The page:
Monday, July 28, 2014

Album Review: Leonard Cohen - I'm Your Man

Ok this is an interesting one.  Leonard Cohen's eighth album, released in 1988, features some of the worst late 80s synth pop production.  Yet it's one I return to over and over.  Well, six of the 8 songs anyway.  What of the other 2?  Ain't No Cure For Love is merely an easy-listening ballad introduced by a fairly cheesy saxophone.  But Jazz Police is something else.  Clattering synths duel with drum machines, supported by syrupy backing vocals to produce a song you'll only want to hear once.

Thankfully the other six tracks are the real deal.  First We Take Manhattan overcomes the production with a marvellous melody and vocal from Cohen.  The lyrics are full of longing and loss: "I don't like these drugs that keep you thin, I don't like what happened to my sister" and later "remember me I used to live for music" with a delivery that is weary and wise.  Everybody Knows has an Eastern European sounding melody and works well, while the title track staggers in on a playful lolloping beat as Cohen plays lounge lizard to perfection.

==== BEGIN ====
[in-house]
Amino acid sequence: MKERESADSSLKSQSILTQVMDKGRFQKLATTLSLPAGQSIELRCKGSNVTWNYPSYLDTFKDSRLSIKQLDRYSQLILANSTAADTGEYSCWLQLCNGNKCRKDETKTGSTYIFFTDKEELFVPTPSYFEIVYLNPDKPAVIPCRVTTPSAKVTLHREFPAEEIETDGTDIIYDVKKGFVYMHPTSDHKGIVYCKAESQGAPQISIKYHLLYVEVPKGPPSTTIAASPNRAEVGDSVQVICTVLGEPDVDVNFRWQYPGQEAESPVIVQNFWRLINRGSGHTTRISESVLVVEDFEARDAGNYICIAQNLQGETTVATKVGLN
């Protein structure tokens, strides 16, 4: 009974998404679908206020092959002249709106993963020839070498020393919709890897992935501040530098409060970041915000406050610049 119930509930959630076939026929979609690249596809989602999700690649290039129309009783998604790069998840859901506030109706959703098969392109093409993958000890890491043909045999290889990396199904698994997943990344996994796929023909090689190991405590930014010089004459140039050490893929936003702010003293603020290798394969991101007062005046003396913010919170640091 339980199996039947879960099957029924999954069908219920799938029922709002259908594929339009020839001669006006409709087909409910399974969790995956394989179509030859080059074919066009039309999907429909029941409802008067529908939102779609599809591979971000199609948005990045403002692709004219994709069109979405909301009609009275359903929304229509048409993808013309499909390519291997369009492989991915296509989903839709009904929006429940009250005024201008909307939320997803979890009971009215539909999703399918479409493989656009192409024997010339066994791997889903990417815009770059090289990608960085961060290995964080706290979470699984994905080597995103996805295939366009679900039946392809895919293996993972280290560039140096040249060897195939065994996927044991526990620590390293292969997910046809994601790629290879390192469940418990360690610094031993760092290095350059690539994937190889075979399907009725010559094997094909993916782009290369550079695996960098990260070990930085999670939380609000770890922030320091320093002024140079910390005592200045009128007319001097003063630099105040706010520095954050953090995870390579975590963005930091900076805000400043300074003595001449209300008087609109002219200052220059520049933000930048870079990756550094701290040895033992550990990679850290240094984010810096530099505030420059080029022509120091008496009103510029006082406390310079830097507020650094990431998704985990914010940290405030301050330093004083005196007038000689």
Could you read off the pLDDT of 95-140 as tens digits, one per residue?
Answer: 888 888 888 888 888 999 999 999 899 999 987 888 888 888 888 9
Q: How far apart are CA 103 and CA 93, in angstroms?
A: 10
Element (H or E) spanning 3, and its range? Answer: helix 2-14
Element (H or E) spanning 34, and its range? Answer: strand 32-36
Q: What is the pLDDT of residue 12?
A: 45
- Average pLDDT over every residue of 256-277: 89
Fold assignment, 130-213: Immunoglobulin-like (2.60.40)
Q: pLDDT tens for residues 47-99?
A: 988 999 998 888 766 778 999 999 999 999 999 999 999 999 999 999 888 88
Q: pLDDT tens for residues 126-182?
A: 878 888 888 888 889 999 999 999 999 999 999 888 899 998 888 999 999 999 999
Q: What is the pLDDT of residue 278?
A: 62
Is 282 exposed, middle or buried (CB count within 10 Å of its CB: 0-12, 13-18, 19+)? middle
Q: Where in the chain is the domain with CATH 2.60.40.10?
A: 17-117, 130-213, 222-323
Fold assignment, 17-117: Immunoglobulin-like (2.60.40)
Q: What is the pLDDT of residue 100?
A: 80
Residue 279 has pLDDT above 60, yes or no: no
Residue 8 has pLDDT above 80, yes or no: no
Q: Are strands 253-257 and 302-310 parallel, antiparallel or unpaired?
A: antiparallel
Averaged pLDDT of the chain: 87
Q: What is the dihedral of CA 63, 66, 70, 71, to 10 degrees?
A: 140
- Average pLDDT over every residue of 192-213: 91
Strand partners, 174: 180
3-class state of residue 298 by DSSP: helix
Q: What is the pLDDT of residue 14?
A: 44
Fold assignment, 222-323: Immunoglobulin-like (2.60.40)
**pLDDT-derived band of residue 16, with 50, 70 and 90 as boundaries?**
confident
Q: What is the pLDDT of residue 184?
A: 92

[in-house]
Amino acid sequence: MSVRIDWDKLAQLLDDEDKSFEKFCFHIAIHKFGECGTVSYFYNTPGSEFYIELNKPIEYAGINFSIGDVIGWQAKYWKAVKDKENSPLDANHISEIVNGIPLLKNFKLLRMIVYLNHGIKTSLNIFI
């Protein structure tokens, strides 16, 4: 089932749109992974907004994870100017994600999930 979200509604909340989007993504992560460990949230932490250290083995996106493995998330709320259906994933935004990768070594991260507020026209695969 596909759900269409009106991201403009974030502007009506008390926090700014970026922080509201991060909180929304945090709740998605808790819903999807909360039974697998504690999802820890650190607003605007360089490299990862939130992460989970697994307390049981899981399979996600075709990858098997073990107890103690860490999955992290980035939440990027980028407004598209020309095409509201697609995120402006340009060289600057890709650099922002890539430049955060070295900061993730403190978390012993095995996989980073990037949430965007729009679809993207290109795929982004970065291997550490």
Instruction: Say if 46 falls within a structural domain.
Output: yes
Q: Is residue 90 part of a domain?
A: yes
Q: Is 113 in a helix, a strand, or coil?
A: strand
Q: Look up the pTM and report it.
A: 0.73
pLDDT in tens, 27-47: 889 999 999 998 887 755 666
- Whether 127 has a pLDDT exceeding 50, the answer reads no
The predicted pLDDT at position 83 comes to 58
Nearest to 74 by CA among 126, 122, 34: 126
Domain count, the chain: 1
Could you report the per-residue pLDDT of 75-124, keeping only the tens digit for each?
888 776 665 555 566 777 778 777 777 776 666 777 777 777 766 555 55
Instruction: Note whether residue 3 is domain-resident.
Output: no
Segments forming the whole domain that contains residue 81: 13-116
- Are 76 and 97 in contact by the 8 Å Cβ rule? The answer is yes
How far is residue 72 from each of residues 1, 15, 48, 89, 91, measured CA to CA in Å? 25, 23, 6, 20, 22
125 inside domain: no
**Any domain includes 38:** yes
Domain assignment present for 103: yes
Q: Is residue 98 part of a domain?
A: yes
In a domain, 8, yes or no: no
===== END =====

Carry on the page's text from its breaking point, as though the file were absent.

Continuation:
Take This Waltz is a downright pretty waltz but it's the final two tracks that see Leonard Cohen at his most wryly reflective.  I Can't Forget  overcomes an eighties Stevie Wonder beat helped by a Sneaky Peter Kleinow playing a gentle steel guitar and some great lyrics: "I stumbled out of bed, I got ready for the struggle... I said this can't be me, must be my double, and I can't forget... but I don't remember what"(!). A soothing bed of percussion and cooing backing vocals introduce Tower of Song.  This time Cohen's "friends are gone and his hair is grey" and he "aches in the places where I used to play" before he nails it by growling "I was born with the gift of a golden voice".  It's a really fine end to an album that really ushered in Act II of Leonard Cohen's career.